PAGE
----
J. M. Barrie : Literary contribution

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      Sir James Matthew Barrie : The place of Barrie in the history of contemporary literature is highly significant and quite unique. While George Bernard Shaw had intellectualised the drama, which is to be a food for thought and not merely an instrument for relaxation, Barrie did the opposite thing. While Shaw was anti-sentimental, Barrie played on sentiment and gave very little hint of social criticism in his charming plays. In this respect he was the direct antithesis of Shaw. The sentimental appeal of his plays made him the most popular dramatist of his time, for, after all, the play-going public, as a body, is sentimental at heart.

J. M. Barrie's tender and whimsical humour and a touch of high poetry in his nature had disarmed the supporters of realism and the vogue of his plays continued till the thirties, when the mental climate had changed.
J. M. Barrie

      J. M. Barrie's tender and whimsical humour and a touch of high poetry in his nature had disarmed the supporters of realism and the vogue of his plays continued till the thirties, when the mental climate had changed. His plays are the plays of escapism. He turned his back on the unpleasant realities of life and sought refuge in a world of make-believe and charming fantasy. His immortal creation in fiction Peter Pan, who refuses to grow up in a modern world, is an autobiographical representation of himself. Some of his well-known plays are Quality Street, The Admirable Crichton, Peter Pan, Alice sit-by the Fire, a Slice of Life and The Twelve Pound Look.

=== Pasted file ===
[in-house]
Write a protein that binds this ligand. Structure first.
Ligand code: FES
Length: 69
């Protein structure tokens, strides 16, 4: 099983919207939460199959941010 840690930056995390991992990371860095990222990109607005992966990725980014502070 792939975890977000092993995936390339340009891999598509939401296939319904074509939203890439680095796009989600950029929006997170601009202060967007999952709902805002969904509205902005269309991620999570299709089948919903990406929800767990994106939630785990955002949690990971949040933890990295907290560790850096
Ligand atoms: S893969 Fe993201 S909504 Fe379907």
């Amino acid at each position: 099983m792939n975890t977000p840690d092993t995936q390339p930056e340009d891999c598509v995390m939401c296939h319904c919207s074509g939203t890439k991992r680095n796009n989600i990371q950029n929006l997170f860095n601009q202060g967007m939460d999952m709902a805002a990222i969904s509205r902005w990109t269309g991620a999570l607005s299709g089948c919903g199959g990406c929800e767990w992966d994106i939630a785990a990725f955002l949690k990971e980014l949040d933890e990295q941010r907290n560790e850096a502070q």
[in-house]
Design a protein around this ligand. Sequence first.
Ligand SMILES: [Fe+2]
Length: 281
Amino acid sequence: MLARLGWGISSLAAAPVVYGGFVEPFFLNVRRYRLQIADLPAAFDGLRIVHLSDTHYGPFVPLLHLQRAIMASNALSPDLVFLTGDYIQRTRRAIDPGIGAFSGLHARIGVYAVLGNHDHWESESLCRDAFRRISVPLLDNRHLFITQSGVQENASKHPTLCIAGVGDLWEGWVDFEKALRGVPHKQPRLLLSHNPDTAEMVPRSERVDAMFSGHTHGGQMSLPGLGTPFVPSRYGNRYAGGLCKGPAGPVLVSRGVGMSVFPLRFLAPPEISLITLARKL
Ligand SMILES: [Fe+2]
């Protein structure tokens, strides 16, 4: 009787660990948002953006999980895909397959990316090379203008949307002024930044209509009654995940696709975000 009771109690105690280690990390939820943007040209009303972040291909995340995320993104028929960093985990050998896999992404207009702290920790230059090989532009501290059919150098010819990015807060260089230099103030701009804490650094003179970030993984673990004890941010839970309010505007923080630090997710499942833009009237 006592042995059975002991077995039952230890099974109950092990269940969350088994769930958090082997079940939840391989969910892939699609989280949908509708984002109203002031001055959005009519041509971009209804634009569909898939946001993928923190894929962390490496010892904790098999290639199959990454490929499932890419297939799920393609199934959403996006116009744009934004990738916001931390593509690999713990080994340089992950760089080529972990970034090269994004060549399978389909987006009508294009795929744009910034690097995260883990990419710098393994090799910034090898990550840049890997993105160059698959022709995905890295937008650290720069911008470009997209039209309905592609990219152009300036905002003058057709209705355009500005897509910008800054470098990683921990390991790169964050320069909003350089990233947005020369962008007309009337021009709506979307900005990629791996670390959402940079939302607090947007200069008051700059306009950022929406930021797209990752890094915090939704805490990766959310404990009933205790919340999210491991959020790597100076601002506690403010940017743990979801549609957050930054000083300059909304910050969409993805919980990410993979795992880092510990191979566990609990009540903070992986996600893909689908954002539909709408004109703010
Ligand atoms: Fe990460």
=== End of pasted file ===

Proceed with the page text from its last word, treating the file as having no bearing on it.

In The Admirable Crichton he puts the butler Crichton, the one efficient man in the group of characters, in charge of the social superiors who are landed on a deserted island, only for the sentimental fun of it and when the episode is over, the butler is glad to resume his proper place in the society. The hint of social criticism is there but it is eclipsed in the atmosphere of romance and fantasy produced in the play. That is the technique of Barrie in all his good plays. Reality and romance are mingled together and "beneath the surface of fantastic humour is a core of serious thought and a satirical, often a cynical view of the society of his own day."

      On the technical side, J. M. Barrie shows some remarkable qualities. His characters are usually slight but charming and he shows a tender affection for the day-dreamers and the failures of the world whom he has painted with great skill. "His dialogue is good and is handled with the sensitivity of one who had a real feeling for words." Barrie was a strong individualist and founded no 'school of drama'. His influence as a dramatist is negligible. Barrie was also a novelist and was the most important member of "The Kailyard School" in Scotland, a group of regional novelists. He "produced romantic and sentimental novels of the Scottish countryside in many of which accuracy of background was sacrificed desire for success."

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